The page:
10 March 2014

lost and found

A few days ago I saw a lone ginger kitten emerge briefly from the dusty grass next to a dirt road many kilometres from the nearest farmstead. I'm not sure what made me stop a hundred metres down the road and turn around to investigate. The last stray kitten I tried to rescue as a child was a terrified, un-tameable wild animal, spraying faeces everywhere whenever disturbed. Not an experience I'd care to repeat, especially inside my car with cloth upholstered seats, and sleeping bag and pillow on the back seat.

This little bedraggled mite had definitely been living rough for a while. Emaciated, filthy, patchy fur, tattered whiskers, scarred ears, and hosting more giant fleas than I've ever seen. But as I approached slowly, something unexpected happened. The purring started, and he came running over, rubbing up against my ankles. So into the car he went, and I set off with great trepidation. Apart from shedding flea eggs like sand, he only looked around with great curiosity at this novel experience, before settling down on the passenger seat.

The next day he joined our meeting, ate raw sausage and lapped milk like he'd never seen food before. He survived threats of drowning and shooting from two stern conservation men who rightly disapprove of all cats, and especially voracious, future bird and reptile murdering strays, but clearly didn't have the heart to do him in. However, we cannot keep a cat, I am mildly allergic, the cockatiel is very allergic, and the dog would consider him a snack. I stopped in Bredasdorp, the nearest small town on the way home, to drop him at the animal shelter. After looking over the miserable cages, and knowing his likely fate there, I was slightly relieved that they were closed and there was no answer on the after hours mobile number. In Cape Town, Rosie had already established that all the nearby animal shelters were full. So for a few days he was banished to the garage, with brief excursions when the mewing was replaced by constant purring. That time was enough to establish that he was intelligent and civilised enough to figure out how to use a sand box after one day,  and exceedingly hungry all the time. After the fleas were dealt with and he accepted being bathed with minimal fuss, it became apparent that he really was thoroughly adorable, that the purring might never stop, and that laps were a lot more pleasant to be in than end of summer dry and dusty wheat fields.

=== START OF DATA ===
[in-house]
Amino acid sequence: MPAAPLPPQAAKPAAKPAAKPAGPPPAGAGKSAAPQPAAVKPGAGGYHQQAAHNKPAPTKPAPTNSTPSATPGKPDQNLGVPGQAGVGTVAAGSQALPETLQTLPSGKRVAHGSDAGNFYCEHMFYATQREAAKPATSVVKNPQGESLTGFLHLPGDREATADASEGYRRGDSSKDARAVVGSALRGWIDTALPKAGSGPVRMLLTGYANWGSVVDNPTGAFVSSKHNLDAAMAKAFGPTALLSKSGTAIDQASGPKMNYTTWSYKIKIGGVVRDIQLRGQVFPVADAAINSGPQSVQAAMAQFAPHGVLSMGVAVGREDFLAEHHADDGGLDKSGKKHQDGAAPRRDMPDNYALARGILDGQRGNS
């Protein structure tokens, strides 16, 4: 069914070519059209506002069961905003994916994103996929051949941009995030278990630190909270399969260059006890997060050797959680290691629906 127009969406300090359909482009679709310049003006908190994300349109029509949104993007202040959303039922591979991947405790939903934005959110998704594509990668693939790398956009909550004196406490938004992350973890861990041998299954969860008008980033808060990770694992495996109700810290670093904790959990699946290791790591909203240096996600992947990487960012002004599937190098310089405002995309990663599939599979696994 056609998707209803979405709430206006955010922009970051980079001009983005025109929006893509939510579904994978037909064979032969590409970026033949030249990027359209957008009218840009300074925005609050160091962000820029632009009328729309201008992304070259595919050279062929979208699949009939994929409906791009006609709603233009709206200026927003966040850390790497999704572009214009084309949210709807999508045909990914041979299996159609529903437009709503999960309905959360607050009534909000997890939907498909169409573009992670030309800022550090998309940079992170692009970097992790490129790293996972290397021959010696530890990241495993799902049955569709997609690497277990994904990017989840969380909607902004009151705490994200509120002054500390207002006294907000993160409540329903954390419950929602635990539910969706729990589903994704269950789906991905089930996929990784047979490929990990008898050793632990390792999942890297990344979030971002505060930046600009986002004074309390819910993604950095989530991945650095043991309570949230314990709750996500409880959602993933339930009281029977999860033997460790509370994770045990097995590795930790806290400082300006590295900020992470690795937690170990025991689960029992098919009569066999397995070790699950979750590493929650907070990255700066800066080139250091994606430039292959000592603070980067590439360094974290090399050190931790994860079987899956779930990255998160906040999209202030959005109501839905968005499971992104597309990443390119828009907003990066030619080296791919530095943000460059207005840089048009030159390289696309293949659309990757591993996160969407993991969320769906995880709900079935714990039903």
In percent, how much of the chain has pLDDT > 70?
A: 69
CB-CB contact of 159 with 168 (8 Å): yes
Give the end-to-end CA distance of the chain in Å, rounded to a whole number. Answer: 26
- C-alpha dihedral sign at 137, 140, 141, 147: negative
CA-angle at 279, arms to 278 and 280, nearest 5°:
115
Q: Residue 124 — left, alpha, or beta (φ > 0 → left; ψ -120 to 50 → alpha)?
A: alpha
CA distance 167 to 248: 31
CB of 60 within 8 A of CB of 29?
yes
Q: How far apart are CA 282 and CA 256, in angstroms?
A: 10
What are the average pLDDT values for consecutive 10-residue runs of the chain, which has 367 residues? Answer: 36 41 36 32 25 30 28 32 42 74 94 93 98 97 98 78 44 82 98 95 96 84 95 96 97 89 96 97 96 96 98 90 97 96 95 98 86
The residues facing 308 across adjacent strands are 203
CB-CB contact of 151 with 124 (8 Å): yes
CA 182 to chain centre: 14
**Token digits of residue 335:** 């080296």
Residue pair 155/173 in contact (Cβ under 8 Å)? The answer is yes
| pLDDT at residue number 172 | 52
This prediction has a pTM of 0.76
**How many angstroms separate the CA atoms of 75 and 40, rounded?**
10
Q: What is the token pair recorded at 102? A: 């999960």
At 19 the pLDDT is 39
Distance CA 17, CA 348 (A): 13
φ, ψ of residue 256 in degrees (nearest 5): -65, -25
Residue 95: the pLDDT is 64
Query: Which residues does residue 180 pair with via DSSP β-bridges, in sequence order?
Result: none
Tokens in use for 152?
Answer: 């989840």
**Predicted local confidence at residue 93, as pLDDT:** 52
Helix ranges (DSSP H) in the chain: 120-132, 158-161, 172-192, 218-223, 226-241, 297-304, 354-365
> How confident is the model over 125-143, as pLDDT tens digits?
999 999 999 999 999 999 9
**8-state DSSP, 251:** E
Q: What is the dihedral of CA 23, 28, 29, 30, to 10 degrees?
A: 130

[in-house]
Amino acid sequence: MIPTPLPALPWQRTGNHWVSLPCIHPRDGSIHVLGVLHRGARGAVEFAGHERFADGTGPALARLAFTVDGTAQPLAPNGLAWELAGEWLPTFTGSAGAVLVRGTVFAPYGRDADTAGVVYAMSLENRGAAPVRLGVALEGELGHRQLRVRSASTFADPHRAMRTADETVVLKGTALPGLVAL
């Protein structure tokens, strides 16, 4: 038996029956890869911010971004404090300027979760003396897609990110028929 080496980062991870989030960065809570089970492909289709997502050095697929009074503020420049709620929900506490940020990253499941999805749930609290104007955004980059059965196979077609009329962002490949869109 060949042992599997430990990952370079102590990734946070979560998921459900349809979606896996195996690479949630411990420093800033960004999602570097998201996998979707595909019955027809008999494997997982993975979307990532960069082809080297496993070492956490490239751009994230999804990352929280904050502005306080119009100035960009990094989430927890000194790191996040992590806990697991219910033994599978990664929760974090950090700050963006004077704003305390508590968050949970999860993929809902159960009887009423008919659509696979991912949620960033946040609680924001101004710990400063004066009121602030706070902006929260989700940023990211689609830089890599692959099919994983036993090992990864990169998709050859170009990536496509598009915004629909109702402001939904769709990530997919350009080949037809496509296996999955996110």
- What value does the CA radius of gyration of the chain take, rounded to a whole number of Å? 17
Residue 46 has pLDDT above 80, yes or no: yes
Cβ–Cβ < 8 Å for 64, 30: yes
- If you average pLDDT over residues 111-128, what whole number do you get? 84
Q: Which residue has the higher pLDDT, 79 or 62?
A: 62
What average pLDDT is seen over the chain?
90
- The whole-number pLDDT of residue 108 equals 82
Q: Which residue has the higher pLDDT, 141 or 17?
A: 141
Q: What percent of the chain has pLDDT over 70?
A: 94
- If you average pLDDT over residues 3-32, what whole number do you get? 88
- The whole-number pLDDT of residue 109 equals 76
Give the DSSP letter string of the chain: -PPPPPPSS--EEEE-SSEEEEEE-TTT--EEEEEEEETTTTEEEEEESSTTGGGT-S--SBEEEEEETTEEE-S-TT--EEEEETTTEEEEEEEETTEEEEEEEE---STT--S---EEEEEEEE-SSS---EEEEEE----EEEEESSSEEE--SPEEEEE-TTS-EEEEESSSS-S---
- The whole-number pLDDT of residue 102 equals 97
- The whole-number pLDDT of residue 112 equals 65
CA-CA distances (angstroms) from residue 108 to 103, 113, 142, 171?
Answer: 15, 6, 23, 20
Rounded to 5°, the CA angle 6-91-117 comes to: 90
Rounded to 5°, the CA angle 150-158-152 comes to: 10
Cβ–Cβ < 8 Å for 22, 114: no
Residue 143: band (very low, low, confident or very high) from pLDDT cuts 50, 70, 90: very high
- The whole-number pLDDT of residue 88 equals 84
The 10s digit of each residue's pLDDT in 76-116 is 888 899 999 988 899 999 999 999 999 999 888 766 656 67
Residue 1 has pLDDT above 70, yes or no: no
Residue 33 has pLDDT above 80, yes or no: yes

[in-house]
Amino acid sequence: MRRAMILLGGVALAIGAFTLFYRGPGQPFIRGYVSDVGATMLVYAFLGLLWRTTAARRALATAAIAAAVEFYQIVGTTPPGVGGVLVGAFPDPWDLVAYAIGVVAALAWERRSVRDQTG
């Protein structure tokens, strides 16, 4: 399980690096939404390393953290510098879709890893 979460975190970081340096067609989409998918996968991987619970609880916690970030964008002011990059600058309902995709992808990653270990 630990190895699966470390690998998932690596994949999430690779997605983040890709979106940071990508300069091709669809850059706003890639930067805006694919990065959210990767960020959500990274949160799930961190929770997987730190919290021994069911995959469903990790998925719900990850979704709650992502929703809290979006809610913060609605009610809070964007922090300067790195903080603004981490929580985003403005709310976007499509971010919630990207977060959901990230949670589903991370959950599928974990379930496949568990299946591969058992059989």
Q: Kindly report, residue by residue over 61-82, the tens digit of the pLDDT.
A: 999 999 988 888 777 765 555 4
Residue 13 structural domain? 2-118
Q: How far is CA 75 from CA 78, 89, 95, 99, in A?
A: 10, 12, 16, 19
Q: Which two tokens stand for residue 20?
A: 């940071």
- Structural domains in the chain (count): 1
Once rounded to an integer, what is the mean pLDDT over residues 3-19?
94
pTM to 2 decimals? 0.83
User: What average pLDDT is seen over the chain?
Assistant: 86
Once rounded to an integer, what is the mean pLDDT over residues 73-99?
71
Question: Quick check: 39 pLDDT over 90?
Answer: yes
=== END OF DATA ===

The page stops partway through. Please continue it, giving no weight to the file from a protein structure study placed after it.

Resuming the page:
The power of social media saved us from becoming cat people, and on Saturday the ginger kitten joined a loving family and was named Lenard. The pictures and video posted so far show a very small cat establishing that he is the boss of two large dogs, a besotted, gentle blonde toddler, and the adults in the house. He is now certain of the finest food money can buy, comfort and constant love. Sometimes a happy ending is that easy.


  1. Well done Don and Rosie! He is indeed utterly adorable, and clearly intelligent, knowing a good deal when he saw one.

  2. Thanks Don and Rosie, we are loving having Lenny as part of the family. He is very loving but equally wild and I already have scratched ankles.

  3. I'm so glad this story had a happy ending!